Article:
Chance outdoor meetings on recent damp days in San Francisco tend to start or finish (or both) with the statement, “but we need the rain.” No information is conveyed by these words. Their recipient already knows we need the rain. And the speaker knows the recipient knows it. Perhaps it is said aloud to be sure the nature gods hear it and continue to pour forth the blessings. Perhaps it reveals competitive piety – a race to first claim awareness of our climate-change sins. Or maybe it has just become a pleasant closing of a street encounter along the lines of “good bye.”
Of course, we don’t need the rain. San Francisco’s water supply falls 200 miles east of here and is collected in Hetch Hetchy Reservoir, eternally under attack from activists who insist their motive is environmental restoration, not anti-capitalism. We don’t pump water that falls at sea level up into our reservoirs, nor do we collect water that falls on the coast. A coastal system that dumps rain in San Francisco does not mean it’s raining in the Sierras.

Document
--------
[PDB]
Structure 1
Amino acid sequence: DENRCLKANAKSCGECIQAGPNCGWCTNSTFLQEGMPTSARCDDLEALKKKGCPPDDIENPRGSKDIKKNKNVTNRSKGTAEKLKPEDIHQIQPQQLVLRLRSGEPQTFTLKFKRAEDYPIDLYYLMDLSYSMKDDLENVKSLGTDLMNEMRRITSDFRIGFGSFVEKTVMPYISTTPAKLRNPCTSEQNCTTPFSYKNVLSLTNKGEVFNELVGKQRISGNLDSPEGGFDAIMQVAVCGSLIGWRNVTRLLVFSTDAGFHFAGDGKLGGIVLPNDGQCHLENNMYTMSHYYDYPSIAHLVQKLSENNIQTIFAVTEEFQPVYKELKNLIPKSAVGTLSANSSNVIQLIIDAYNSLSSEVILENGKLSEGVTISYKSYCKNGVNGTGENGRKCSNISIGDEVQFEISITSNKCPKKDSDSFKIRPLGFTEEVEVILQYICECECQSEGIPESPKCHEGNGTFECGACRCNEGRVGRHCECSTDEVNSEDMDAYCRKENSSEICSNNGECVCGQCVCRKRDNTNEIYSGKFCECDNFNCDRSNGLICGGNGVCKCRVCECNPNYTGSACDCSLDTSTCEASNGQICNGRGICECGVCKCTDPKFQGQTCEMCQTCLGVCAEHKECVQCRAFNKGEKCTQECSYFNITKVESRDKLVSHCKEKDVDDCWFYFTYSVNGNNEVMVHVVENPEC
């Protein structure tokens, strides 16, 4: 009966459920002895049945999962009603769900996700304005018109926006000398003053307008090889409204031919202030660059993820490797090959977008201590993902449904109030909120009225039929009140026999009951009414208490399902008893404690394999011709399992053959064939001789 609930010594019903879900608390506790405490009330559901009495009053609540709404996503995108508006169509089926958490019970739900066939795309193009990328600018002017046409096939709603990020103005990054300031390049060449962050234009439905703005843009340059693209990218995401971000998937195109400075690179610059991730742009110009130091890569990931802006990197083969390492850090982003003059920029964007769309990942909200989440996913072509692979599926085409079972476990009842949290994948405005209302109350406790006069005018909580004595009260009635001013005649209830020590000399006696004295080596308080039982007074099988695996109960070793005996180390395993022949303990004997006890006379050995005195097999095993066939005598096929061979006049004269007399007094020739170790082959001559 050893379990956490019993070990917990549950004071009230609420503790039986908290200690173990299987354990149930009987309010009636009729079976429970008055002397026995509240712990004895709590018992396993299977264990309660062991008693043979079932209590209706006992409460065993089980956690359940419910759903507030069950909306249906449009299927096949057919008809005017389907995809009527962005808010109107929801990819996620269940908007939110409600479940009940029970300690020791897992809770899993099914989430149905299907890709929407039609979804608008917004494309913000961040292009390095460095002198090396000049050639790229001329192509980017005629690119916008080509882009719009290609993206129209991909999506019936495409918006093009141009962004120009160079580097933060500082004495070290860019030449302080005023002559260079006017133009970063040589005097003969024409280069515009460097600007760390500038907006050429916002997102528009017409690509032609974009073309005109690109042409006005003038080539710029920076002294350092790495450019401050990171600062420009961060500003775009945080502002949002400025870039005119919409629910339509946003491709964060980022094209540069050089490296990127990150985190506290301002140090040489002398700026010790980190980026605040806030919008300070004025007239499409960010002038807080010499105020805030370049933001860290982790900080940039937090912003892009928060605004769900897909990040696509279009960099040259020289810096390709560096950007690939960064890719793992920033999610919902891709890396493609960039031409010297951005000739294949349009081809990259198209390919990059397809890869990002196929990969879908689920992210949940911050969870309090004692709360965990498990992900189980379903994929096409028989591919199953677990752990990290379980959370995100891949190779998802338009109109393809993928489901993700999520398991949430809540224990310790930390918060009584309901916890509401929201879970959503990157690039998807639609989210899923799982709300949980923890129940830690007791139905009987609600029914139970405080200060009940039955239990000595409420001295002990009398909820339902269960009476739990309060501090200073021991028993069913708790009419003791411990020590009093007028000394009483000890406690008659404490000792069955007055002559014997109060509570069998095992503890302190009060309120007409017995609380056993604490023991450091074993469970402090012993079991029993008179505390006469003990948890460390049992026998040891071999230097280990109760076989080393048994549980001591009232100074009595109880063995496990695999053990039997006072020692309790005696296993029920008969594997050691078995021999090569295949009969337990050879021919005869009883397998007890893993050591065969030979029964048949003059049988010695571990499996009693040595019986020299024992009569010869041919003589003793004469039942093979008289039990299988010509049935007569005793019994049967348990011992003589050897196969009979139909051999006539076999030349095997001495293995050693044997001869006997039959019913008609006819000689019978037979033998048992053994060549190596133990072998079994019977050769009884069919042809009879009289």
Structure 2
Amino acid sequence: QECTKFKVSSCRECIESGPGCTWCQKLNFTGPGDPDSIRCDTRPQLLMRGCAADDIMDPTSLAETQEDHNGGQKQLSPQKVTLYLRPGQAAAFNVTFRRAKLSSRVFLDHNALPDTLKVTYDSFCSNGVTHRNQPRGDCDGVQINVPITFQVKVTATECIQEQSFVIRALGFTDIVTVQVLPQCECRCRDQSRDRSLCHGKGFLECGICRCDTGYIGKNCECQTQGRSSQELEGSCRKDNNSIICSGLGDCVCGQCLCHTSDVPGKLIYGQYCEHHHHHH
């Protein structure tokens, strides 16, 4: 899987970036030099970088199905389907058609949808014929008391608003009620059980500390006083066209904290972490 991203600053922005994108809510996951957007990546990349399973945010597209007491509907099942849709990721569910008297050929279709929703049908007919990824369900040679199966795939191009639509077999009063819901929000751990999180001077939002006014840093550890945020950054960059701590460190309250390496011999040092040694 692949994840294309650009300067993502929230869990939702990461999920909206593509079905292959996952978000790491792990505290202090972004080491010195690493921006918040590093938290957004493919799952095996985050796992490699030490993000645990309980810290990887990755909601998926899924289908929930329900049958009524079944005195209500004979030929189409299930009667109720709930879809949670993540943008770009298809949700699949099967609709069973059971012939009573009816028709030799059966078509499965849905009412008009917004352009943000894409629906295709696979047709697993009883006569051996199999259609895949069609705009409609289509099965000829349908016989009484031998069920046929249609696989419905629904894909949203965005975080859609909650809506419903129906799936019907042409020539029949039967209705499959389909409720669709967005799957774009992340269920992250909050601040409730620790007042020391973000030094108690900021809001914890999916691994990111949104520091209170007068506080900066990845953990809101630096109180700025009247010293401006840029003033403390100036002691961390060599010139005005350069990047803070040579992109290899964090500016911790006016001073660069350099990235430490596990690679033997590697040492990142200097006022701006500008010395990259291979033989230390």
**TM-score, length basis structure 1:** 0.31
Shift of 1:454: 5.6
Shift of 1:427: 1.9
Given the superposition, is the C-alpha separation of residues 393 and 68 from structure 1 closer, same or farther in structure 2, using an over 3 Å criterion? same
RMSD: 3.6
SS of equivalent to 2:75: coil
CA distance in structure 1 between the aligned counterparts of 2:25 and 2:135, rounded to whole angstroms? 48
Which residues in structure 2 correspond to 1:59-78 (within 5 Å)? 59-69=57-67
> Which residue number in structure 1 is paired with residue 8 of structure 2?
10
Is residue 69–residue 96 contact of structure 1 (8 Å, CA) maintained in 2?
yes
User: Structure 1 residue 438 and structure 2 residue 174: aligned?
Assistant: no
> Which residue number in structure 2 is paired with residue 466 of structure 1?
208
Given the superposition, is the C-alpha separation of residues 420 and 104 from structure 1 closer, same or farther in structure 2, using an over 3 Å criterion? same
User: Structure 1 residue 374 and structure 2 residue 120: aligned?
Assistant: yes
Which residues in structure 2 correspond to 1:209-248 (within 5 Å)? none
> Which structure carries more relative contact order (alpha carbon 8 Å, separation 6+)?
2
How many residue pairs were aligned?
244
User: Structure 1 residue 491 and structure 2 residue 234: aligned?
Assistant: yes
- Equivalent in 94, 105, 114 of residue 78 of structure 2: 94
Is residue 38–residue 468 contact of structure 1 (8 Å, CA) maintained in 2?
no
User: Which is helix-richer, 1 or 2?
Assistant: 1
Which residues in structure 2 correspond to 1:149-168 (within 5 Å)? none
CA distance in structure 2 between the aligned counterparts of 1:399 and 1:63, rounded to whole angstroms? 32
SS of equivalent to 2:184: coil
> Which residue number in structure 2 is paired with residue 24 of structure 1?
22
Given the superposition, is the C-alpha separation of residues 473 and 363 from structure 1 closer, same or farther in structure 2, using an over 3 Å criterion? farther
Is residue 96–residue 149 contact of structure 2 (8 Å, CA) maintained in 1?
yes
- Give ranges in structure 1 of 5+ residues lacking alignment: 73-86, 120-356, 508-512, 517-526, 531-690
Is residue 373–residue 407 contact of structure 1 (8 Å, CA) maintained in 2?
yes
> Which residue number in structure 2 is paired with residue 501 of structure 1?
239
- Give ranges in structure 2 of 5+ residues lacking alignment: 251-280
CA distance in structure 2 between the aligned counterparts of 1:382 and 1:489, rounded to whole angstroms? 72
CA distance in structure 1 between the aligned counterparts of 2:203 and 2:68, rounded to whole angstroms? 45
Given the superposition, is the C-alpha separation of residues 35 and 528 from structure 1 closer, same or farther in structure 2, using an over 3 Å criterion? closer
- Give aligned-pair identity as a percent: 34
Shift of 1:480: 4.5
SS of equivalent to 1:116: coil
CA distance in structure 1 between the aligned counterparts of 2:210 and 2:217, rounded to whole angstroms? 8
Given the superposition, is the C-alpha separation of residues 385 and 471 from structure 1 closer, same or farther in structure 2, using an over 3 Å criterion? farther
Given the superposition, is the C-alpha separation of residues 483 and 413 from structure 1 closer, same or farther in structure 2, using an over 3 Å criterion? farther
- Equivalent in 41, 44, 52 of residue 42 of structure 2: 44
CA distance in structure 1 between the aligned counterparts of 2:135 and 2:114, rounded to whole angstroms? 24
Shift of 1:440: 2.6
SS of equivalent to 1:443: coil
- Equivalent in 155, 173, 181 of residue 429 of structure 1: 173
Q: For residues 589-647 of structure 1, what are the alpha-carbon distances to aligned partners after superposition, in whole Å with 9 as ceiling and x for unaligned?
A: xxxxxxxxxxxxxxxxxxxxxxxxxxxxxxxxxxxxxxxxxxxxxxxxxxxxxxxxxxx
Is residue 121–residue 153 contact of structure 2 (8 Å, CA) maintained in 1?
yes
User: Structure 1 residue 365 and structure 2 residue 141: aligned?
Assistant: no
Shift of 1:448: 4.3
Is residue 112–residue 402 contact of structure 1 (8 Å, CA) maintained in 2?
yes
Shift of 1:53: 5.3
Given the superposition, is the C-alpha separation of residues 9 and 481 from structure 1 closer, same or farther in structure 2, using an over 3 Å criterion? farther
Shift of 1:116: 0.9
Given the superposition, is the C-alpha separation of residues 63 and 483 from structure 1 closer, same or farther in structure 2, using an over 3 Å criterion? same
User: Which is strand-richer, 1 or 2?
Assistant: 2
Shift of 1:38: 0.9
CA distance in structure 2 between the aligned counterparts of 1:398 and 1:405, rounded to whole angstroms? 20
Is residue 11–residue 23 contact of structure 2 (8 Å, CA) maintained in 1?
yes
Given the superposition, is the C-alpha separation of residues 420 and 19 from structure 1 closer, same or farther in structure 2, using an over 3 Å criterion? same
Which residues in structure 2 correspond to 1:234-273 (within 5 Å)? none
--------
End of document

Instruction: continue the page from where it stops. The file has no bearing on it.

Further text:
So California’s High Sierras need the rain, not us. But saying “but we need the rain” does little harm. Saying it lets the gods know we are grateful; and saying it reminds each other to be thankful.
“We need the rain” may have more in common with “good bye” than is apparent to most. Etymologists tell us that “God be with ye” became “God b’wy” by the mid-1600s, and a few decades later was “good b’wy,” well on its way to our “good bye,” which retains the ending “ye” as a reminder of its genesis
In the homogenous cultures of pre-enlightenment Europe, God was a fact of the world, not a belief of religion. “God be with ye” wasn’t seen as a religious sentiment. It was an expression of hopefulness about a universe that was powered by God almighty, the first cause and prime mover, who might just be a providential God hearing our pleas that He be with ye. Am I overly cynical in seeing a connection?
Rain be with ye.